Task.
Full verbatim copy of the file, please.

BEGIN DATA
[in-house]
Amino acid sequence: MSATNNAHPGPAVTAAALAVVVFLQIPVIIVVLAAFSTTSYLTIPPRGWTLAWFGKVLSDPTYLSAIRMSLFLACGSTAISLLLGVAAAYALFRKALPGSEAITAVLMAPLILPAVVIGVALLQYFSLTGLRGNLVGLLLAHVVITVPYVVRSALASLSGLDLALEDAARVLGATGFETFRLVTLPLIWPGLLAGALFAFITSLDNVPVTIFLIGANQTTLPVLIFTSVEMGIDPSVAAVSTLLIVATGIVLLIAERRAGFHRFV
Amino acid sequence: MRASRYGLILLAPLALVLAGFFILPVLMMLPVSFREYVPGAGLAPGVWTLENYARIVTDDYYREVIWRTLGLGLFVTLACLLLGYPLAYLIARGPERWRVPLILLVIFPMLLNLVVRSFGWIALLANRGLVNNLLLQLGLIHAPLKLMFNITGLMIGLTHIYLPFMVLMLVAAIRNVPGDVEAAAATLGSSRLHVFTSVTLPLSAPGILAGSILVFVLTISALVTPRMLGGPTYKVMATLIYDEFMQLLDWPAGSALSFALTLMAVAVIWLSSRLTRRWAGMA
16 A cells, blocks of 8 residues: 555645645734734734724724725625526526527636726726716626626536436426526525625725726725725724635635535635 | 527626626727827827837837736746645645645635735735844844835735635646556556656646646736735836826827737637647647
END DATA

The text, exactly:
[in-house]
Amino acid sequence: MSATNNAHPGPAVTAAALAVVVFLQIPVIIVVLAAFSTTSYLTIPPRGWTLAWFGKVLSDPTYLSAIRMSLFLACGSTAISLLLGVAAAYALFRKALPGSEAITAVLMAPLILPAVVIGVALLQYFSLTGLRGNLVGLLLAHVVITVPYVVRSALASLSGLDLALEDAARVLGATGFETFRLVTLPLIWPGLLAGALFAFITSLDNVPVTIFLIGANQTTLPVLIFTSVEMGIDPSVAAVSTLLIVATGIVLLIAERRAGFHRFV
Amino acid sequence: MRASRYGLILLAPLALVLAGFFILPVLMMLPVSFREYVPGAGLAPGVWTLENYARIVTDDYYREVIWRTLGLGLFVTLACLLLGYPLAYLIARGPERWRVPLILLVIFPMLLNLVVRSFGWIALLANRGLVNNLLLQLGLIHAPLKLMFNITGLMIGLTHIYLPFMVLMLVAAIRNVPGDVEAAAATLGSSRLHVFTSVTLPLSAPGILAGSILVFVLTISALVTPRMLGGPTYKVMATLIYDEFMQLLDWPAGSALSFALTLMAVAVIWLSSRLTRRWAGMA
16 A cells, blocks of 8 residues: 555645645734734734724724725625526526527636726726716626626536436426526525625725726725725724635635535635 | 527626626727827827837837736746645645645635735735844844835735635646556556656646646736735836826827737637647647